c.      Rules: One student will sign the word and the other students are required to come up with the synonym (or antonym if that is what you are working on) for the word. So for example, the word on the card is ‘happy’. Other words on the card are ‘glad,’ ‘excited,’ ‘cheerful,’ ‘blissful,’ ‘joyful,’ etc.  The one student would sign HAPPY and the other students would have to beat the timer with as many words as they can think of for ‘happy’. **If the students don’t remember the sign given (e.g. HAPPY) then fingerspelling is permitted – not speech! H-A-P-P-Y.
2.     Deaf-ine it!
a.     Players required: 4 + (two groups of two minimum)
b.     Items needed: target words written out on index cards or from a worksheet
c.      Rules: With the timer started, one person reads the definition of the word to his/her partner(s). The partner(s) is required to sign the correct response. The team member reading the definitions continue to read more definitions until the timer goes off. For example: definition: “it’s round and tells times.” Other partner must sign CLOCK; and continue to the next definition. Points will be given for each correct response. The other team follows the same directions. At the end of each round, the team with the most points wins that match.
3.     Sign What? (the play on words – “Say What?”)
a.     Players required: however many other students during that therapy session
b.     Items needed: a story or article
c.      Rules: You (the clinician) read the story and emphasize the important parts in sign. The students need to know what the signs are prior to the story being read.  After the story is complete, you ask the appropriate comprehension questions. The person who remembers the correct answers gets a point. If he/she remembers the sign too, they get an additional point.


These are just a few ideas. In my therapies, I find it’s critical to rehearse word-finding skills. I find that almost everything I do has some word retrieval practice in there somewhere. Using sign language (limb gross and fine motor skills) can help jug the memory of the word(s) the student is trying to think of. Using sign language paired with the spoken word works different areas of the brain with the whole – here it comes big words – visuospatial memory! A student’s sure to remember a definition to a new word or concepts heard in a story when signs are attached to it.  The use of sign language allows for a fun new interactive way to teach the same ol’ goals.  I am able to get across my semantic language, following directions, auditory processing/comprehension, and pragmatic goals using the three goals discussed above.  Sign language comes across as a ‘hot’ way to learn the concepts they prefer not to rehearse.  Success in my book! Sign on!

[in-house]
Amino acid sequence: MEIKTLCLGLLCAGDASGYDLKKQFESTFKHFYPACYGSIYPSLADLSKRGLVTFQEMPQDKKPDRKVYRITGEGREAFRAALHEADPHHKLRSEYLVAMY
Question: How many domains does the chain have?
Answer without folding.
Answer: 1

Don't forget to check out our store - we have a great game See It and Sign It (click here). We're going to have a awesome product review on it soon! 


sign: SCHOOL


sign: HOW (the dominant hand is the one with the wrist twists)



Wednesday, October 3, 2012

HALLOWEEN (a great H word this week!)

Thought it was very appropriate for this week's letter of the week! H is for HALLOWEEN!


  sign: HALLOWEEN: it's likes H's covering the eyes, then not covering the eyes.

video

Tuesday, October 2, 2012

H is for HAUNTED HOUSE

Double H! HAUNTED HOUSE! I'm not a HAUNTED HOUSE fan but I just had a student telling me about the HAUNTED HOUSE at Katzenbach (New Jersey School for the Deaf) so I thought it was very appropriate :)
 HAUNTED (a more scared face is needed)

 HOUSE (this is the first part of house)

 HOUSE (part two - you literally draw a house in the air)


video

Monday, October 1, 2012

Letter of the Week H - and it's for HAPPY!

This week's letter is H. 

I'm so HAPPY to have such loyal fans as you guys. I've been so busy and I'm so sorry about that.

But this week we'll have the sign HALLOWEEN! and I think each week we'll throw in a few related HALLOWEEN signs - they might not match the ABC letter of the week but I think you will definitely enjoy them :)